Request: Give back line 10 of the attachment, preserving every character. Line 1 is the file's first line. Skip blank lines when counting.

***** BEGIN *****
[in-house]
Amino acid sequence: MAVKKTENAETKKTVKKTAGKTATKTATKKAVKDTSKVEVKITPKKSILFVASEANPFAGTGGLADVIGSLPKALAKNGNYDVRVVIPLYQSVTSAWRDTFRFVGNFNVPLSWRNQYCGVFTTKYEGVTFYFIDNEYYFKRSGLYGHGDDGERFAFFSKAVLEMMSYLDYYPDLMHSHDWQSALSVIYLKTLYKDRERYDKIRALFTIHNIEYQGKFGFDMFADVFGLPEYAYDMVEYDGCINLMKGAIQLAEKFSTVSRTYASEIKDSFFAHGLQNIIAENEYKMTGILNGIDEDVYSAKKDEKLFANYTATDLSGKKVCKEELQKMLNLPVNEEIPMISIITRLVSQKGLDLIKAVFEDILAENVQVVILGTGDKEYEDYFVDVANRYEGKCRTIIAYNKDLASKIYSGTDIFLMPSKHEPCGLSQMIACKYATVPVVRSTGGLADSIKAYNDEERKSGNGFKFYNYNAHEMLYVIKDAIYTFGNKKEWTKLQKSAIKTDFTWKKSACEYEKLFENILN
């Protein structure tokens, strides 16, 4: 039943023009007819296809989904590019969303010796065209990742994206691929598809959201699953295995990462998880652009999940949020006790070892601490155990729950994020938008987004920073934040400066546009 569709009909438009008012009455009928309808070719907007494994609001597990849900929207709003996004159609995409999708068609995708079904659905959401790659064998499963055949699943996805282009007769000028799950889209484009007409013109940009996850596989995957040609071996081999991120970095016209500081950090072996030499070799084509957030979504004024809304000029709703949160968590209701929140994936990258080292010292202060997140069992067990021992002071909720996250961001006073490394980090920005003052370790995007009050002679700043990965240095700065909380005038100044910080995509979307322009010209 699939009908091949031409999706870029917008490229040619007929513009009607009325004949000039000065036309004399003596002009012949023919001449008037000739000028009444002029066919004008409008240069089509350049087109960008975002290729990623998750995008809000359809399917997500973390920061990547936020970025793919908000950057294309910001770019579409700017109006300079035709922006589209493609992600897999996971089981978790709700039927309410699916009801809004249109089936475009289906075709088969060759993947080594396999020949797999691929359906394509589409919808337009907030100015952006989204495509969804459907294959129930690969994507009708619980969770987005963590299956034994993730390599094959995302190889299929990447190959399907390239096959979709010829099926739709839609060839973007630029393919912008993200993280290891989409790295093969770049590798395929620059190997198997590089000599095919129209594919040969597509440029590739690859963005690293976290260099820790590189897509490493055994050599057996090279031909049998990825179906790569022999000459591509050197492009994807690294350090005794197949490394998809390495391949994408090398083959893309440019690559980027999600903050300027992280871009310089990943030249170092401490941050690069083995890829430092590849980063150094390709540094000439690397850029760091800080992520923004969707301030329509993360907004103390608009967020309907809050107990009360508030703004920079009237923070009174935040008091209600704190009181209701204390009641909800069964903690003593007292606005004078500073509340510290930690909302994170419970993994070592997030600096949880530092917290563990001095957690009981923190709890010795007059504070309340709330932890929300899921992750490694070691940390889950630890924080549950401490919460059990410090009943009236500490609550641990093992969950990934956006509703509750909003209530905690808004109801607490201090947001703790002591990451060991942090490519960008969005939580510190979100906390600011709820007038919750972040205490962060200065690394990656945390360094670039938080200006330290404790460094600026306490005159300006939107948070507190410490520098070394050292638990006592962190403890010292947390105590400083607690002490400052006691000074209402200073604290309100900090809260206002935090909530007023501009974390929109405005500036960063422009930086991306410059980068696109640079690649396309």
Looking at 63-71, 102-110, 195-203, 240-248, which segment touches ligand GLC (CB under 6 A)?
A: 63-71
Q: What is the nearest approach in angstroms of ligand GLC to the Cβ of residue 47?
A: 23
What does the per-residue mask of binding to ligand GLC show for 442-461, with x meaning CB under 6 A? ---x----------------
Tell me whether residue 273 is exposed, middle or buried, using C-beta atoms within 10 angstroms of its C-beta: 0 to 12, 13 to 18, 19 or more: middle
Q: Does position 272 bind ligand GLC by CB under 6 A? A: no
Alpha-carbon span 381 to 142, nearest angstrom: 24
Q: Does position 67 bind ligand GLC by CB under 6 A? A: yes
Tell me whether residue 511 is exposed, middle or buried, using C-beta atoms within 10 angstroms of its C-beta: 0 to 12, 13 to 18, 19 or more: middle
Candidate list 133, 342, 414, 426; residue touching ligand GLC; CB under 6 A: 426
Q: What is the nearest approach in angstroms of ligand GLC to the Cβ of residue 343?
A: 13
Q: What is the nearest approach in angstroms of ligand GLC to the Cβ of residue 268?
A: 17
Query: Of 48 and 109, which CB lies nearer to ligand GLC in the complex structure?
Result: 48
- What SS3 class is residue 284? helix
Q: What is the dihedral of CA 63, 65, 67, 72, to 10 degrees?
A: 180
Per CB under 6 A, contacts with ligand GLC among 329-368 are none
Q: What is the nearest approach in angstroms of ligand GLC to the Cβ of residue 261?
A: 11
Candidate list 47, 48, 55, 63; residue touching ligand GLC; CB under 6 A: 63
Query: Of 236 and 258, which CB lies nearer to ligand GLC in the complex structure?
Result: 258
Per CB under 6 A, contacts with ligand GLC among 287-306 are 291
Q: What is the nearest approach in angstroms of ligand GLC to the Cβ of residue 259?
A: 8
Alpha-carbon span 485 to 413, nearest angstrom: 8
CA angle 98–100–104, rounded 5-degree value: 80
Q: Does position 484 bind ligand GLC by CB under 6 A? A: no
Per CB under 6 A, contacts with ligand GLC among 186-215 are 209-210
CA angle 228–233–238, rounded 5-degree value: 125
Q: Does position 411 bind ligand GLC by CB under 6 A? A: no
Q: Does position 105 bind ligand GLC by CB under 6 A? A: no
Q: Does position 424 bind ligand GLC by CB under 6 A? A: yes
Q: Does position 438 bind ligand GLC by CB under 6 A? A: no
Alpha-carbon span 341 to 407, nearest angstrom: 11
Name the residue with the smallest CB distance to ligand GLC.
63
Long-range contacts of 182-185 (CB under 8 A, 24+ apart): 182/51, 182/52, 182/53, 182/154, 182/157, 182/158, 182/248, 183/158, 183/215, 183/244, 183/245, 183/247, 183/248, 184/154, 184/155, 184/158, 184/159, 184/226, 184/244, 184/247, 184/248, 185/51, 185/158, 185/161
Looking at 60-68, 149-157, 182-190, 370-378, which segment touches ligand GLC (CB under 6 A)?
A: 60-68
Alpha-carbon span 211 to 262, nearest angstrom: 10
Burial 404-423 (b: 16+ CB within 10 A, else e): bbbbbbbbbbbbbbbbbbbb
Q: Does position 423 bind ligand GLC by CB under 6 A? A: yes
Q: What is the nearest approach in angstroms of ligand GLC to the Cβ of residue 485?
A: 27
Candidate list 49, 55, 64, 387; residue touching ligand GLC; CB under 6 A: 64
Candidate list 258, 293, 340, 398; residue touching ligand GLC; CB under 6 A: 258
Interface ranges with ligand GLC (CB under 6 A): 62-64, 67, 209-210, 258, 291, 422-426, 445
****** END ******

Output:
Q: Does position 272 bind ligand GLC by CB under 6 A? A: no